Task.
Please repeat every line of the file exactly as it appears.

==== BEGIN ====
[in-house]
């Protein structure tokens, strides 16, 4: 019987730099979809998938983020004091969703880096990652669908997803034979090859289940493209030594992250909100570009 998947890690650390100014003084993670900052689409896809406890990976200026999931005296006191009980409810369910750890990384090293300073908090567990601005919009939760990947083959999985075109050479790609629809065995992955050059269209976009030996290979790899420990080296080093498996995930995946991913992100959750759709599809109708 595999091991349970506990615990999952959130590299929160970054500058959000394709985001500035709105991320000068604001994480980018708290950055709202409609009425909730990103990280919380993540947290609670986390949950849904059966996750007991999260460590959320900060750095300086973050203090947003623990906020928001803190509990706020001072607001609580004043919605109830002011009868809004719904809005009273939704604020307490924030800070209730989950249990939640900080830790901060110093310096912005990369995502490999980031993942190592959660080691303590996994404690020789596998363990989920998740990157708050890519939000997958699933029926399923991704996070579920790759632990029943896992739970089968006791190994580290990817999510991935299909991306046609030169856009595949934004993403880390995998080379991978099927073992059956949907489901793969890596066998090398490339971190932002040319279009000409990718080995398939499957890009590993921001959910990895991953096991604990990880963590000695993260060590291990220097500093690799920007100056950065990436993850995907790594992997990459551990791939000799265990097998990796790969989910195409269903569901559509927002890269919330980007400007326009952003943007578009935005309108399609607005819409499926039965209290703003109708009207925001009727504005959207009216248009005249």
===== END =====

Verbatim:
[in-house]
């Protein structure tokens, strides 16, 4: 019987730099979809998938983020004091969703880096990652669908997803034979090859289940493209030594992250909100570009 998947890690650390100014003084993670900052689409896809406890990976200026999931005296006191009980409810369910750890990384090293300073908090567990601005919009939760990947083959999985075109050479790609629809065995992955050059269209976009030996290979790899420990080296080093498996995930995946991913992100959750759709599809109708 595999091991349970506990615990999952959130590299929160970054500058959000394709985001500035709105991320000068604001994480980018708290950055709202409609009425909730990103990280919380993540947290609670986390949950849904059966996750007991999260460590959320900060750095300086973050203090947003623990906020928001803190509990706020001072607001609580004043919605109830002011009868809004719904809005009273939704604020307490924030800070209730989950249990939640900080830790901060110093310096912005990369995502490999980031993942190592959660080691303590996994404690020789596998363990989920998740990157708050890519939000997958699933029926399923991704996070579920790759632990029943896992739970089968006791190994580290990817999510991935299909991306046609030169856009595949934004993403880390995998080379991978099927073992059956949907489901793969890596066998090398490339971190932002040319279009000409990718080995398939499957890009590993921001959910990895991953096991604990990880963590000695993260060590291990220097500093690799920007100056950065990436993850995907790594992997990459551990791939000799265990097998990796790969989910195409269903569901559509927002890269919330980007400007326009952003943007578009935005309108399609607005819409499926039965209290703003109708009207925001009727504005959207009216248009005249």